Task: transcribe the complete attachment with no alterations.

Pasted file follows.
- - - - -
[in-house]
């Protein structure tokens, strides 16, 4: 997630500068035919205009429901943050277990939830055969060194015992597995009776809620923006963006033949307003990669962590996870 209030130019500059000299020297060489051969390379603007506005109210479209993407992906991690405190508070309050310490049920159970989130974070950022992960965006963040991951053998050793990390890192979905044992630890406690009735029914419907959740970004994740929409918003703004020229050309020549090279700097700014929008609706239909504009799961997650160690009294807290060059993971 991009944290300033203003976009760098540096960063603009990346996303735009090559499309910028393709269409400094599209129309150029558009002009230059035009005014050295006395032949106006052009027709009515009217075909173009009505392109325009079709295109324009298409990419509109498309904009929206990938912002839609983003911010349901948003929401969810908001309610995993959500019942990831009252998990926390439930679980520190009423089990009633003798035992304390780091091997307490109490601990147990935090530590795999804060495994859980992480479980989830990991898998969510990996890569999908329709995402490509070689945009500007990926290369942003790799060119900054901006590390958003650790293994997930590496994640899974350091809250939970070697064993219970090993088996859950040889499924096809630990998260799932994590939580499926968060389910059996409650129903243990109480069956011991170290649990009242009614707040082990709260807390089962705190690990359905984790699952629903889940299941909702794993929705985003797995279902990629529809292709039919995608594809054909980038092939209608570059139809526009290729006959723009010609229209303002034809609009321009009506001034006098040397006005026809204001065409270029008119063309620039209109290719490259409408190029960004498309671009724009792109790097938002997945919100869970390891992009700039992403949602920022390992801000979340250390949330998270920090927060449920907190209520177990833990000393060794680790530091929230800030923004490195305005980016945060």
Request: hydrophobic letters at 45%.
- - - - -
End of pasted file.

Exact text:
[in-house]
């Protein structure tokens, strides 16, 4: 997630500068035919205009429901943050277990939830055969060194015992597995009776809620923006963006033949307003990669962590996870 209030130019500059000299020297060489051969390379603007506005109210479209993407992906991690405190508070309050310490049920159970989130974070950022992960965006963040991951053998050793990390890192979905044992630890406690009735029914419907959740970004994740929409918003703004020229050309020549090279700097700014929008609706239909504009799961997650160690009294807290060059993971 991009944290300033203003976009760098540096960063603009990346996303735009090559499309910028393709269409400094599209129309150029558009002009230059035009005014050295006395032949106006052009027709009515009217075909173009009505392109325009079709295109324009298409990419509109498309904009929206990938912002839609983003911010349901948003929401969810908001309610995993959500019942990831009252998990926390439930679980520190009423089990009633003798035992304390780091091997307490109490601990147990935090530590795999804060495994859980992480479980989830990991898998969510990996890569999908329709995402490509070689945009500007990926290369942003790799060119900054901006590390958003650790293994997930590496994640899974350091809250939970070697064993219970090993088996859950040889499924096809630990998260799932994590939580499926968060389910059996409650129903243990109480069956011991170290649990009242009614707040082990709260807390089962705190690990359905984790699952629903889940299941909702794993929705985003797995279902990629529809292709039919995608594809054909980038092939209608570059139809526009290729006959723009010609229209303002034809609009321009009506001034006098040397006005026809204001065409270029008119063309620039209109290719490259409408190029960004498309671009724009792109790097938002997945919100869970390891992009700039992403949602920022390992801000979340250390949330998270920090927060449920907190209520177990833990000393060794680790530091929230800030923004490195305005980016945060």
Request: hydrophobic letters at 45%.